In August, a federal judge ruled that the New York Police Department’s stop-and-frisk policy was unconstitutional because it resulted in discriminatory practices and unreasonable searches.

As part of her ruling, Judge Shira A. Scheindlin of the U.S. District Court in Manhattan ordered the department to establish a pilot program requiring officers in the five precincts where most of the stops occur to wear small cameras as part of their uniforms. The cameras would record officers’ interactions with the public, an “objective record of stop-and-frisks,” Scheindlin wrote.

New York City is appealing the judge’s ruling.

Alexis Karteron, senior staff attorney with the New York Civil Liberties Union, discusses the stop-and-frisk ruling.

DIG DEEPER

  • Watch this video to see how officers in one California police department use the cameras every day.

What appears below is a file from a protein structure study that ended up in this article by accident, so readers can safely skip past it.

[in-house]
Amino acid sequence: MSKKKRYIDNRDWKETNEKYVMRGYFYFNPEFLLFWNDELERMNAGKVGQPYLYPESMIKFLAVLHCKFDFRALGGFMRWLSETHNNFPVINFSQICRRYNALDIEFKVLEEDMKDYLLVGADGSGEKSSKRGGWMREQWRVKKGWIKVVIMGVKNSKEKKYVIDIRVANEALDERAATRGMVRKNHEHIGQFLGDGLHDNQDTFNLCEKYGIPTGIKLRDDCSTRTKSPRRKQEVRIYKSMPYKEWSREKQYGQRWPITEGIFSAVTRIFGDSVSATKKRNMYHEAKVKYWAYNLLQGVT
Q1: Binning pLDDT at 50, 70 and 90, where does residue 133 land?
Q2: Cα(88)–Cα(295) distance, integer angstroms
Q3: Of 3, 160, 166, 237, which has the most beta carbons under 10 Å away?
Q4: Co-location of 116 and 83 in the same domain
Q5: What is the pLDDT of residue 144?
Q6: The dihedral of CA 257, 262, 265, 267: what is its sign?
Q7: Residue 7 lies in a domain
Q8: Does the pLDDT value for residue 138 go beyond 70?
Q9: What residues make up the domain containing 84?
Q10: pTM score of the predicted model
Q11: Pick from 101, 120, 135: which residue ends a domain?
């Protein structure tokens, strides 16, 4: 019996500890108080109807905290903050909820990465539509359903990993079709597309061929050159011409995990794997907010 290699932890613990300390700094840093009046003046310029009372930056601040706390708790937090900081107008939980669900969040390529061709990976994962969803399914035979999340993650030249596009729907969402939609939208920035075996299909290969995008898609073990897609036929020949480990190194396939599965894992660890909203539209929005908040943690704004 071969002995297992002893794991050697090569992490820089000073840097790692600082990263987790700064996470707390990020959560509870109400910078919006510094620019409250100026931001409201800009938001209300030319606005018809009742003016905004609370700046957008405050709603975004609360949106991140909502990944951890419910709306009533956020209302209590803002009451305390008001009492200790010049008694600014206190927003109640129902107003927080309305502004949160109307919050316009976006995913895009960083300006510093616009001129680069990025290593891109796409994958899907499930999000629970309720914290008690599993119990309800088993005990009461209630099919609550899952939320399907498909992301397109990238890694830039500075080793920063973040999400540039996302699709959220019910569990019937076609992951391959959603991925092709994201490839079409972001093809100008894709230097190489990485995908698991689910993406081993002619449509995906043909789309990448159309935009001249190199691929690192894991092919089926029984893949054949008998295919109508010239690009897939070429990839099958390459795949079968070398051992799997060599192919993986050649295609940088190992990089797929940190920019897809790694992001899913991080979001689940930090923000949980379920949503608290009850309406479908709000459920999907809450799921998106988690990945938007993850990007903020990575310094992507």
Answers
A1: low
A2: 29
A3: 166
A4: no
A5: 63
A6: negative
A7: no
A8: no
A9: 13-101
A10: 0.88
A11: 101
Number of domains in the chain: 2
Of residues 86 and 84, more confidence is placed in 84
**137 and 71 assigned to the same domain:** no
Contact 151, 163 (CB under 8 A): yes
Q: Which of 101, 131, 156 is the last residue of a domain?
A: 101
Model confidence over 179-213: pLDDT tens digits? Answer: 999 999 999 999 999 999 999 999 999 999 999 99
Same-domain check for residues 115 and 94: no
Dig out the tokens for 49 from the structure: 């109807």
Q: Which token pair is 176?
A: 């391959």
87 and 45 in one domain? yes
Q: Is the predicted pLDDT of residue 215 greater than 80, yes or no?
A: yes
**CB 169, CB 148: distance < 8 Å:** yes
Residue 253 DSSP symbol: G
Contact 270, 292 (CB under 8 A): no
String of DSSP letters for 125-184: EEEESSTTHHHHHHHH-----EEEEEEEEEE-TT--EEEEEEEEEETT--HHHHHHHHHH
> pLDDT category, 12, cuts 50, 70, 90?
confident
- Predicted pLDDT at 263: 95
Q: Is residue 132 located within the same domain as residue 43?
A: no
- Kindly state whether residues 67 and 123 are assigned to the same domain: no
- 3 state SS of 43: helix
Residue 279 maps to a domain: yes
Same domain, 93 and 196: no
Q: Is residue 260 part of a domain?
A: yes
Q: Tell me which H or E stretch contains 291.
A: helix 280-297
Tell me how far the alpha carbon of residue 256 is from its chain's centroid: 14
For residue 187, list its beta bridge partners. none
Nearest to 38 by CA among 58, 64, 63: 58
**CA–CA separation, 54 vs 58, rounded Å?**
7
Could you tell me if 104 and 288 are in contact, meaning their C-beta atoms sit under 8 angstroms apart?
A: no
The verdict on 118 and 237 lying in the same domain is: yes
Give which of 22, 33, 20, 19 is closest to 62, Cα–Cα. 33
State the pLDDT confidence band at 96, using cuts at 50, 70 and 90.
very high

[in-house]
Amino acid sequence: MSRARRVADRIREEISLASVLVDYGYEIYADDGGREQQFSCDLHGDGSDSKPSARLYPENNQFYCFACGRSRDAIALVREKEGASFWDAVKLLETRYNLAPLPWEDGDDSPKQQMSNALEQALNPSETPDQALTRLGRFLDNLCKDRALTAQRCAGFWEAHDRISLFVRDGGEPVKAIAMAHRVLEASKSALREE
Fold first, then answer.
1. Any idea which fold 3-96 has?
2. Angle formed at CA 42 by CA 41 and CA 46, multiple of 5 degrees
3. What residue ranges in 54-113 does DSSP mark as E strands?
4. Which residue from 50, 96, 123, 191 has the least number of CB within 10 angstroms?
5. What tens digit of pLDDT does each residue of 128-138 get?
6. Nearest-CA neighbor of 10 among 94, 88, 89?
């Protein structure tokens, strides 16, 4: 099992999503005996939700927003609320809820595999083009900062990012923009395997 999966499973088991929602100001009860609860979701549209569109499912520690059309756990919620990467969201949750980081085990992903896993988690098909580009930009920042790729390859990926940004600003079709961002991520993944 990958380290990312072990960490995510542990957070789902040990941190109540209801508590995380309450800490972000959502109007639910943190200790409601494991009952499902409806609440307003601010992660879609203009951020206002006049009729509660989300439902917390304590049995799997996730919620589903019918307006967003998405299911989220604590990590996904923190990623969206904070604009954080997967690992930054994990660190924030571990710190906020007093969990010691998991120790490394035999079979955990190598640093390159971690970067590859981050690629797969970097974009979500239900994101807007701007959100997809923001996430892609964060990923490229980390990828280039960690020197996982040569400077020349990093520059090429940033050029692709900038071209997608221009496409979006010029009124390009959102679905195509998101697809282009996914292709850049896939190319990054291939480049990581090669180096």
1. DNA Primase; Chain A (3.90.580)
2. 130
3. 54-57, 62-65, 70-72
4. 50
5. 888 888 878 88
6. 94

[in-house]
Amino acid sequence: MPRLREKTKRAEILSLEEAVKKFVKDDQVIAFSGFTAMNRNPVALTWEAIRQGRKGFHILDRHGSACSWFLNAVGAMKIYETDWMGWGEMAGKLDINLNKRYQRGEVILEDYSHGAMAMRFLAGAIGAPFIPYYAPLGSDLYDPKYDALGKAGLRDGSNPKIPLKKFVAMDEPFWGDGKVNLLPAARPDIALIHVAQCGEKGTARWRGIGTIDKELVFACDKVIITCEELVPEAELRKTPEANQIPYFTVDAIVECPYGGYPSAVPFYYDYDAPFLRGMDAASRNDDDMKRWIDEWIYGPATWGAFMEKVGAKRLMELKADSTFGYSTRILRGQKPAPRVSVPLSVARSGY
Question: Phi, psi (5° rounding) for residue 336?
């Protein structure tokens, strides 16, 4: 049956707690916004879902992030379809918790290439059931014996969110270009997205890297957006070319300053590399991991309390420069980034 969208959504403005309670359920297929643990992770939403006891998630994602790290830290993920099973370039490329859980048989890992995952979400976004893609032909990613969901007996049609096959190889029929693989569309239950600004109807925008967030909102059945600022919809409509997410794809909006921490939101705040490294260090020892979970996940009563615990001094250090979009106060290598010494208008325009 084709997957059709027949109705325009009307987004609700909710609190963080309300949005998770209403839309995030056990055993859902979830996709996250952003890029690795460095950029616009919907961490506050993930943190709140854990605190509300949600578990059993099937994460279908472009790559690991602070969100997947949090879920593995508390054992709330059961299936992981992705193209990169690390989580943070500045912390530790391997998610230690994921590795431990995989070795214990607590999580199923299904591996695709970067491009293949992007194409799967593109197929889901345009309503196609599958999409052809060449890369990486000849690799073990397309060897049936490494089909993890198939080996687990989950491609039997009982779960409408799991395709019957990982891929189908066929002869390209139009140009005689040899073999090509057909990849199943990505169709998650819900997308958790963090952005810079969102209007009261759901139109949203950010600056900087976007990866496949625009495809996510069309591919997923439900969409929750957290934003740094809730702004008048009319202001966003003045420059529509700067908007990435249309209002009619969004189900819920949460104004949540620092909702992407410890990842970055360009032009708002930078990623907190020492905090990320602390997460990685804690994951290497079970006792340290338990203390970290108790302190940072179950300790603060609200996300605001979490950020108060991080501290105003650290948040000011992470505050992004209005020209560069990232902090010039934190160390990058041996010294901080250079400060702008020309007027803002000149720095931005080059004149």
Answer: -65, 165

Sam Ward is a senior digital producer for Reveal, where he oversees the web team. He has years of experience producing creative digital media projects for Oregon Public Broadcasting, PBS, ITVS and the Smithsonian, and he has managed projects for funders such as the National Science Foundation, U.S. Department of Education and Annenberg Media. He graduated from Carnegie Mellon University in Pittsburgh. Ward is based in Reveal's Emeryville, California, office.